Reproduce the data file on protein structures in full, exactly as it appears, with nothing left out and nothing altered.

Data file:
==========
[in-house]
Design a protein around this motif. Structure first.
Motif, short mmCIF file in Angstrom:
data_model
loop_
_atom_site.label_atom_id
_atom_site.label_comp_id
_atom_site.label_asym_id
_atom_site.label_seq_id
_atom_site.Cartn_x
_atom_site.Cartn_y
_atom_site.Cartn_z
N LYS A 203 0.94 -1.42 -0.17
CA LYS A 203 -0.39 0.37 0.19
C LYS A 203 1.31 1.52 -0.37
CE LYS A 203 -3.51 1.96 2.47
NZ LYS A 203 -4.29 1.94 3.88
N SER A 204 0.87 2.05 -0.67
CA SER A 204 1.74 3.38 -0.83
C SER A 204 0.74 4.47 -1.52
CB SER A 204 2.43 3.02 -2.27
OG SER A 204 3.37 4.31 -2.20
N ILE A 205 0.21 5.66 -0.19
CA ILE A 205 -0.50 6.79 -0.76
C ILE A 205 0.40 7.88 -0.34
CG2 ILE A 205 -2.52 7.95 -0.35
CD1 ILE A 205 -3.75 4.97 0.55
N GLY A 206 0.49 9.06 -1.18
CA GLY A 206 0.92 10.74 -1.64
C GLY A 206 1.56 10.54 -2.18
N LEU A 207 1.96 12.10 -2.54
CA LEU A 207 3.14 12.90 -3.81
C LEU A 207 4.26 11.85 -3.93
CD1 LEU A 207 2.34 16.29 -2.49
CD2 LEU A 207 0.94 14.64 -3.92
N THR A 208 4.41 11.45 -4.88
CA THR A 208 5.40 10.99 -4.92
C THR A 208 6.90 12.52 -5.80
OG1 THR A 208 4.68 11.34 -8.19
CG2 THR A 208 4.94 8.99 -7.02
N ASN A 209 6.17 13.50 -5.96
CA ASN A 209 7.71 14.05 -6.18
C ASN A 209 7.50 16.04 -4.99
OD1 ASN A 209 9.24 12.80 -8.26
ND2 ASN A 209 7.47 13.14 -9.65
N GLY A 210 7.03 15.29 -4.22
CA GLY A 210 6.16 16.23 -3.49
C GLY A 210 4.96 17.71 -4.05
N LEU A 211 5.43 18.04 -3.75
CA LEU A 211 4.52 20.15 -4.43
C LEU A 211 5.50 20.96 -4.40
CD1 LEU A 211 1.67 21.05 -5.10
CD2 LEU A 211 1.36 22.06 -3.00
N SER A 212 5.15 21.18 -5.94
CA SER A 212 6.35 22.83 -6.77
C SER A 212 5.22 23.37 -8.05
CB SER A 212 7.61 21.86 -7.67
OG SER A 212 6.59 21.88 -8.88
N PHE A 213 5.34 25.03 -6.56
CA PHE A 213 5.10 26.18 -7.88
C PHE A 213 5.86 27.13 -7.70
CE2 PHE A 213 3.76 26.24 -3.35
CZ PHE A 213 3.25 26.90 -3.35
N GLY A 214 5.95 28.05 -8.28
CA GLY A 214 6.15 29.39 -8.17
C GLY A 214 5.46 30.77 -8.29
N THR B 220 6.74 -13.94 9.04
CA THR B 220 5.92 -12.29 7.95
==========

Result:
[in-house]
Design a protein around this motif. Structure first.
Motif, short mmCIF file in Angstrom:
data_model
loop_
_atom_site.label_atom_id
_atom_site.label_comp_id
_atom_site.label_asym_id
_atom_site.label_seq_id
_atom_site.Cartn_x
_atom_site.Cartn_y
_atom_site.Cartn_z
N LYS A 203 0.94 -1.42 -0.17
CA LYS A 203 -0.39 0.37 0.19
C LYS A 203 1.31 1.52 -0.37
CE LYS A 203 -3.51 1.96 2.47
NZ LYS A 203 -4.29 1.94 3.88
N SER A 204 0.87 2.05 -0.67
CA SER A 204 1.74 3.38 -0.83
C SER A 204 0.74 4.47 -1.52
CB SER A 204 2.43 3.02 -2.27
OG SER A 204 3.37 4.31 -2.20
N ILE A 205 0.21 5.66 -0.19
CA ILE A 205 -0.50 6.79 -0.76
C ILE A 205 0.40 7.88 -0.34
CG2 ILE A 205 -2.52 7.95 -0.35
CD1 ILE A 205 -3.75 4.97 0.55
N GLY A 206 0.49 9.06 -1.18
CA GLY A 206 0.92 10.74 -1.64
C GLY A 206 1.56 10.54 -2.18
N LEU A 207 1.96 12.10 -2.54
CA LEU A 207 3.14 12.90 -3.81
C LEU A 207 4.26 11.85 -3.93
CD1 LEU A 207 2.34 16.29 -2.49
CD2 LEU A 207 0.94 14.64 -3.92
N THR A 208 4.41 11.45 -4.88
CA THR A 208 5.40 10.99 -4.92
C THR A 208 6.90 12.52 -5.80
OG1 THR A 208 4.68 11.34 -8.19
CG2 THR A 208 4.94 8.99 -7.02
N ASN A 209 6.17 13.50 -5.96
CA ASN A 209 7.71 14.05 -6.18
C ASN A 209 7.50 16.04 -4.99
OD1 ASN A 209 9.24 12.80 -8.26
ND2 ASN A 209 7.47 13.14 -9.65
N GLY A 210 7.03 15.29 -4.22
CA GLY A 210 6.16 16.23 -3.49
C GLY A 210 4.96 17.71 -4.05
N LEU A 211 5.43 18.04 -3.75
CA LEU A 211 4.52 20.15 -4.43
C LEU A 211 5.50 20.96 -4.40
CD1 LEU A 211 1.67 21.05 -5.10
CD2 LEU A 211 1.36 22.06 -3.00
N SER A 212 5.15 21.18 -5.94
CA SER A 212 6.35 22.83 -6.77
C SER A 212 5.22 23.37 -8.05
CB SER A 212 7.61 21.86 -7.67
OG SER A 212 6.59 21.88 -8.88
N PHE A 213 5.34 25.03 -6.56
CA PHE A 213 5.10 26.18 -7.88
C PHE A 213 5.86 27.13 -7.70
CE2 PHE A 213 3.76 26.24 -3.35
CZ PHE A 213 3.25 26.90 -3.35
N GLY A 214 5.95 28.05 -8.28
CA GLY A 214 6.15 29.39 -8.17
C GLY A 214 5.46 30.77 -8.29
N THR B 220 6.74 -13.94 9.04
CA THR B 220 5.92 -12.29 7.95